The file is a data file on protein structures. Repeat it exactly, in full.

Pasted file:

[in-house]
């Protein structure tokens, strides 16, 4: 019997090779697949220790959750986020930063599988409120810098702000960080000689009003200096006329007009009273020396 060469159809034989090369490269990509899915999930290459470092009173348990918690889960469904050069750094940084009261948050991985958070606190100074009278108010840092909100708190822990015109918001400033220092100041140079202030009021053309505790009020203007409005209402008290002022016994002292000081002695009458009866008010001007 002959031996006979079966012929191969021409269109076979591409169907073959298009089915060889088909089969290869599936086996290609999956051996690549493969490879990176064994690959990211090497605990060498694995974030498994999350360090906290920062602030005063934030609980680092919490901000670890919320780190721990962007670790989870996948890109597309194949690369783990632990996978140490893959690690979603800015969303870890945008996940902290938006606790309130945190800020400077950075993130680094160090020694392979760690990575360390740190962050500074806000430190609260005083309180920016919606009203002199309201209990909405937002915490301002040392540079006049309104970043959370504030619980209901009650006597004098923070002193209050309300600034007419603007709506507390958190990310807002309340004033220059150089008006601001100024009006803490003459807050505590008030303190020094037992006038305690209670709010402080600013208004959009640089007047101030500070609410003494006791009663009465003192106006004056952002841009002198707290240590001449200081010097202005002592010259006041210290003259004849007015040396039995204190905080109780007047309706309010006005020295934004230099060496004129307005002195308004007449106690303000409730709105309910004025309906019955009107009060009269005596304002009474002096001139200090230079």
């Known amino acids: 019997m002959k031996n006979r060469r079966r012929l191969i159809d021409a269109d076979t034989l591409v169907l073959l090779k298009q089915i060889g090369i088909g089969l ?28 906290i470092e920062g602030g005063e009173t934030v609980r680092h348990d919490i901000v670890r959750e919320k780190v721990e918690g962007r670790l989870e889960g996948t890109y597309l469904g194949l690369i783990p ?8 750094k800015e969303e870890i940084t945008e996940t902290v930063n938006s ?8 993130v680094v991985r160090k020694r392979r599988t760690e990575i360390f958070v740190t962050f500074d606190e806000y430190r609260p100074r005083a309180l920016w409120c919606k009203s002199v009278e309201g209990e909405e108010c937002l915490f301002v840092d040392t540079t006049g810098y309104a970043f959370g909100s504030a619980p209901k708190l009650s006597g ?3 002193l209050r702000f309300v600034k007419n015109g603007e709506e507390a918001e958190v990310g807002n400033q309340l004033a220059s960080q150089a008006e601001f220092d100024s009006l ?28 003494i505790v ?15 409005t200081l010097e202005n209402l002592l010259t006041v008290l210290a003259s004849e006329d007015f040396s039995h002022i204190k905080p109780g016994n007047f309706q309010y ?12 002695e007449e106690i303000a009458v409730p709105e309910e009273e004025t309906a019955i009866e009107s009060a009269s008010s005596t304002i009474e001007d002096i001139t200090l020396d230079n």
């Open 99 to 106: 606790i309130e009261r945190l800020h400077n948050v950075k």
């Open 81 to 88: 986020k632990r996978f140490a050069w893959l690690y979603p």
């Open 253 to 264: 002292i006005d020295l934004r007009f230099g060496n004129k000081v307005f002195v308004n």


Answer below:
[in-house]
């Protein structure tokens, strides 16, 4: 019997090779697949220790959750986020930063599988409120810098702000960080000689009003200096006329007009009273020396 060469159809034989090369490269990509899915999930290459470092009173348990918690889960469904050069750094940084009261948050991985958070606190100074009278108010840092909100708190822990015109918001400033220092100041140079202030009021053309505790009020203007409005209402008290002022016994002292000081002695009458009866008010001007 002959031996006979079966012929191969021409269109076979591409169907073959298009089915060889088909089969290869599936086996290609999956051996690549493969490879990176064994690959990211090497605990060498694995974030498994999350360090906290920062602030005063934030609980680092919490901000670890919320780190721990962007670790989870996948890109597309194949690369783990632990996978140490893959690690979603800015969303870890945008996940902290938006606790309130945190800020400077950075993130680094160090020694392979760690990575360390740190962050500074806000430190609260005083309180920016919606009203002199309201209990909405937002915490301002040392540079006049309104970043959370504030619980209901009650006597004098923070002193209050309300600034007419603007709506507390958190990310807002309340004033220059150089008006601001100024009006803490003459807050505590008030303190020094037992006038305690209670709010402080600013208004959009640089007047101030500070609410003494006791009663009465003192106006004056952002841009002198707290240590001449200081010097202005002592010259006041210290003259004849007015040396039995204190905080109780007047309706309010006005020295934004230099060496004129307005002195308004007449106690303000409730709105309910004025309906019955009107009060009269005596304002009474002096001139200090230079």
């Known amino acids: 019997m002959k031996n006979r060469r079966r012929l191969i159809d021409a269109d076979t034989l591409v169907l073959l090779k298009q089915i060889g090369i088909g089969l ?28 906290i470092e920062g602030g005063e009173t934030v609980r680092h348990d919490i901000v670890r959750e919320k780190v721990e918690g962007r670790l989870e889960g996948t890109y597309l469904g194949l690369i783990p ?8 750094k800015e969303e870890i940084t945008e996940t902290v930063n938006s ?8 993130v680094v991985r160090k020694r392979r599988t760690e990575i360390f958070v740190t962050f500074d606190e806000y430190r609260p100074r005083a309180l920016w409120c919606k009203s002199v009278e309201g209990e909405e108010c937002l915490f301002v840092d040392t540079t006049g810098y309104a970043f959370g909100s504030a619980p209901k708190l009650s006597g ?3 002193l209050r702000f309300v600034k007419n015109g603007e709506e507390a918001e958190v990310g807002n400033q309340l004033a220059s960080q150089a008006e601001f220092d100024s009006l ?28 003494i505790v ?15 409005t200081l010097e202005n209402l002592l010259t006041v008290l210290a003259s004849e006329d007015f040396s039995h002022i204190k905080p109780g016994n007047f309706q309010y ?12 002695e007449e106690i303000a009458v409730p709105e309910e009273e004025t309906a019955i009866e009107s009060a009269s008010s005596t304002i009474e001007d002096i001139t200090l020396d230079n």
């Open 99 to 106: 606790i309130e009261r945190l800020h400077n948050v950075k």
């Open 81 to 88: 986020k632990r996978f140490a050069w893959l690690y979603p």
């Open 253 to 264: 002292i006005d020295l934004r007009f230099g060496n004129k000081v307005f002195v308004n």